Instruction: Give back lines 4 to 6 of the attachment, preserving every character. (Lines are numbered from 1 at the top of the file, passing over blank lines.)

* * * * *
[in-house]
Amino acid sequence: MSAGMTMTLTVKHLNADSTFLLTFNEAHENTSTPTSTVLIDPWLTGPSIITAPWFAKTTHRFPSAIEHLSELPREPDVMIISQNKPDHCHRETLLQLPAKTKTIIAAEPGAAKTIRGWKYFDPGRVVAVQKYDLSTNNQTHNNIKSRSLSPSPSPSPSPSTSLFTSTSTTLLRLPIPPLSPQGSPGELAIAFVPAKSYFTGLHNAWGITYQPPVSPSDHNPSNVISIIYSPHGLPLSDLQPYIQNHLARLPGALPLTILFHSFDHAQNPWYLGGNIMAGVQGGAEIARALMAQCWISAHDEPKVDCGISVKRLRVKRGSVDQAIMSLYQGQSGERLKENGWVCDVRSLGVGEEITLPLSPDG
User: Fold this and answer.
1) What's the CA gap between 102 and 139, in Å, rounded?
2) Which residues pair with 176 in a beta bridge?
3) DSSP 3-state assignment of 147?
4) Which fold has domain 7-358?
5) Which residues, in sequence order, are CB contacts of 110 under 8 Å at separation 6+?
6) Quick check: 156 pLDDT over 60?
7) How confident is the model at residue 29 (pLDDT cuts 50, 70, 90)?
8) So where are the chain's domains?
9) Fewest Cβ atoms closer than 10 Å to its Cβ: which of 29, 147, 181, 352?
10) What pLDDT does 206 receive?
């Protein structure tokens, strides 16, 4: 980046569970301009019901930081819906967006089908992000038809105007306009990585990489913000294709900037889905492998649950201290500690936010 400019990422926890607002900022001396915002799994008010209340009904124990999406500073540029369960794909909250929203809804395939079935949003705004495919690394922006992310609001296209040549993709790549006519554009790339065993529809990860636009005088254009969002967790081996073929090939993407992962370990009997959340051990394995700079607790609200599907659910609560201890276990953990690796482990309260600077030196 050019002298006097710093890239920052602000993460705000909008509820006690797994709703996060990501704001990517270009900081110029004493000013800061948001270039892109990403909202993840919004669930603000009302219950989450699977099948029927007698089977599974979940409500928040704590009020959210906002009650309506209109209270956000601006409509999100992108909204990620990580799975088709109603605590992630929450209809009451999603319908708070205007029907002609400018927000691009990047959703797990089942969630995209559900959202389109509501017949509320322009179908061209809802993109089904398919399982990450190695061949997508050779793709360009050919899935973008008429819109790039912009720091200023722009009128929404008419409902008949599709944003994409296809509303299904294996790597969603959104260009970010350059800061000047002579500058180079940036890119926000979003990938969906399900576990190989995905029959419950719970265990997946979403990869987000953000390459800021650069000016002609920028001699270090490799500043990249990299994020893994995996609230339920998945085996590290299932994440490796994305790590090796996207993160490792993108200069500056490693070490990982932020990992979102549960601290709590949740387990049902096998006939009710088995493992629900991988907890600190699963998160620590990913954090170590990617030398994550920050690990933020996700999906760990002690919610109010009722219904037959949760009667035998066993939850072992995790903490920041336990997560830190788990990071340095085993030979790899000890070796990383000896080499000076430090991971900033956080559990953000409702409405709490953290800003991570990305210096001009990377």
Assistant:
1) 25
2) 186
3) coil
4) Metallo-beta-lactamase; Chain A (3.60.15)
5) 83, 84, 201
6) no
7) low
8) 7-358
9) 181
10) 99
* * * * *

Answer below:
1) What's the CA gap between 102 and 139, in Å, rounded?
2) Which residues pair with 176 in a beta bridge?
3) DSSP 3-state assignment of 147?